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21 March 2017

Liam Neeson plays Father Cristóvão Ferreira, a Portuguese Jesuit in Japan, who is tortured for his faith. Photo: Kerry Brown.

By Mark Hadley

There are many comforting forms of silence. The cool silence of the dawn; the warm silence between friends. There is one silence, though – one absence – that scares some and elicits anger in others. It is the silence attributed to God.

Specifically, the absence of comfort in the face of suffering. Christians have written about this particular silence since pen met paper.

Now Hollywood is set to put the question. Martin Scorsese’s Silence is based on the award-winning book by Japanese author Shūsaku Endō.

It opens some 10 years after Christianity has been outlawed in 17th-century Japan. Roman Catholic missionaries have been tortured to death, and local converts forced to deny their faith. Rodrigues, a young Jesuit priest, is sent to investigate, accompanied by Father Garrpe. Their joint mission is to give comfort to whatever surviving Christians they can find.

The believers Rodrigues (Andrew Garfield) and Garrpe (Adam Driver) discover are mostly fervent and thankful to God for sending the young priests. Yet suspicions circle around their Japanese guide, Kichijiro (Yôsuke Kubozuka), who has already denied his faith once before.

When the Christianity community is betrayed, Rodrigues and Garrpe witness how determined the local believers are, even in the face of prolonged torture. Yet the question constantly arises, where is God in all of this?

Silence is without doubt one of the most provocative Christian films ever to be produced by a non-Christian Hollywood. Take, for example, the pressure to remain silent in the face of persecution. If the Japanese faithful are prepared to trample on the crudely carved images of Christ presented by their inquisitors they will be set free.

Rodrigues and Garrpe come to loggerheads over what to tell the believers. Rodrigues encourages them to “Trample!” – the images are, after all, nothing more than religious emblems. However, Garrpe realises they represent much more to these fledgling believers and he is not about to cause them to stumble.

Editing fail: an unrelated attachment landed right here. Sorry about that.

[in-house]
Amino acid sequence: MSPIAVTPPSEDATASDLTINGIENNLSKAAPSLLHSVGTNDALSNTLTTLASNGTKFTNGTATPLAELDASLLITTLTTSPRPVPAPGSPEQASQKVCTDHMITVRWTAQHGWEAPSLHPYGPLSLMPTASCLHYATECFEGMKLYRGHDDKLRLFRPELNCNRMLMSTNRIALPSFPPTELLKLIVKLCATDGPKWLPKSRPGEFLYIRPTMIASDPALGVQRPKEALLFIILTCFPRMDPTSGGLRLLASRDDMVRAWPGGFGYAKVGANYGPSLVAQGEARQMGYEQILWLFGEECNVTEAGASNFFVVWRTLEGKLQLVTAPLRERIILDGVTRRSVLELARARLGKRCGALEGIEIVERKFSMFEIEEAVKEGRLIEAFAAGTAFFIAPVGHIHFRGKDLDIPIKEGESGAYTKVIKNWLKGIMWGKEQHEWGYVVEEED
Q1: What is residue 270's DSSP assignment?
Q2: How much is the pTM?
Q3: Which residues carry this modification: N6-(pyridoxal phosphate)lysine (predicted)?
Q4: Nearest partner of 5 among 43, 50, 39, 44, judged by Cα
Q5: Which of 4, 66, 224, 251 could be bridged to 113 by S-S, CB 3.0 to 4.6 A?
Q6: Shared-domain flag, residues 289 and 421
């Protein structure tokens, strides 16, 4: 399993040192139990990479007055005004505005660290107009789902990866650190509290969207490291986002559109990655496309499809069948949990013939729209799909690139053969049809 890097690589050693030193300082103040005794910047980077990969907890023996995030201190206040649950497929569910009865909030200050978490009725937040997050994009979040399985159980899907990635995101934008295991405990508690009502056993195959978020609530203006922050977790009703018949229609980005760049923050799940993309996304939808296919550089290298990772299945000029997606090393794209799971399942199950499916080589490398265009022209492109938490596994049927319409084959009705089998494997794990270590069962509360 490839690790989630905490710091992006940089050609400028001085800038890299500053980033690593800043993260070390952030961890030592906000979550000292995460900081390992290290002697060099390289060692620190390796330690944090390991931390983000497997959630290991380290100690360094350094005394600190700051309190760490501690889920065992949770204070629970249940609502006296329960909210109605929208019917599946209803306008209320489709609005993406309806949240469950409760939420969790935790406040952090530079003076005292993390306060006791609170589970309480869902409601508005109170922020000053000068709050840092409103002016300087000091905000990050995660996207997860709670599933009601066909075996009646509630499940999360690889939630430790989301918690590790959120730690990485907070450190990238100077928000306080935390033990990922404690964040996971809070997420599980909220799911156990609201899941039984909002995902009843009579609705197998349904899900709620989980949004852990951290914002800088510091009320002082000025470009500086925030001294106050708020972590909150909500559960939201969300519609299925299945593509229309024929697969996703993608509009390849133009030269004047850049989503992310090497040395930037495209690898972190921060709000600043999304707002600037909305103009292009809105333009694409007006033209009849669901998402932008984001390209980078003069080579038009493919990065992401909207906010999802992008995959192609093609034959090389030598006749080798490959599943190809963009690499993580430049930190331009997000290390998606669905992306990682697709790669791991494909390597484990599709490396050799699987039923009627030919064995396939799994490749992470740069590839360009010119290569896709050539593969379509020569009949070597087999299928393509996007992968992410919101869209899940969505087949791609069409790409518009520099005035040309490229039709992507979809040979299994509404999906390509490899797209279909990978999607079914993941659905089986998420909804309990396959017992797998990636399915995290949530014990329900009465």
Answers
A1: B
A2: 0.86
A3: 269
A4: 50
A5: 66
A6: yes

Modern audiences will be tempted to side with Rodrigues, yet the Bible remains starkly clear on the importance of public confession, even in the face of persecution. The Apostle Paul was very familiar with suffering, and in his letter to the persecuted church at Rome he goes so far as to tie our declaration as believers to our very salvation: “If you declare with your mouth, ‘Jesus is Lord’, and believe in your heart that God raised him from the dead, you will be saved” (Romans 10:9). 

And is God really silent in the face of suffering? Again, secular viewers might conclude Christianity is a faith hardly worth valuing if it must spend the lives of its supporters to prove that value.

Yet the very Jesus that Paul wrote about, is God’s answer to the accusation he sits idly by. Rodrigues comes to understand that Jesus not only suffered on his behalf, but is present with him in his doubt: “When you suffer, I suffer with you. To the end, I am close to you.”

Silence seems to finish suggesting personal belief, not public profession, is the most important thing. Yet Jesus makes it clear no one can expect to deny him and still reach the Father.

Which leads me to wonder what God might say to the wretched Kichijiro? Kichijiro is a constant failure, but he is also constantly aware of what he needs from God. Jesus may disown those who ultimately disown him, but Kichijiro’s role in Silence reminds me strongly of a trustworthy saying that should give hope to all who struggle to follow Christ: “If we are faithless, he remains faithful, for he cannot disown himself ” (2 Timothy 2:13).

Mark Hadley is the culture writer for Others and is one of Australia’s leading Christian communicators.

Watch an interview with Martin Scorsese, produced by Fuller Studios, about his making of the film.

Read how to support modern day Christians around the world suffering persecution for their Christian faith.


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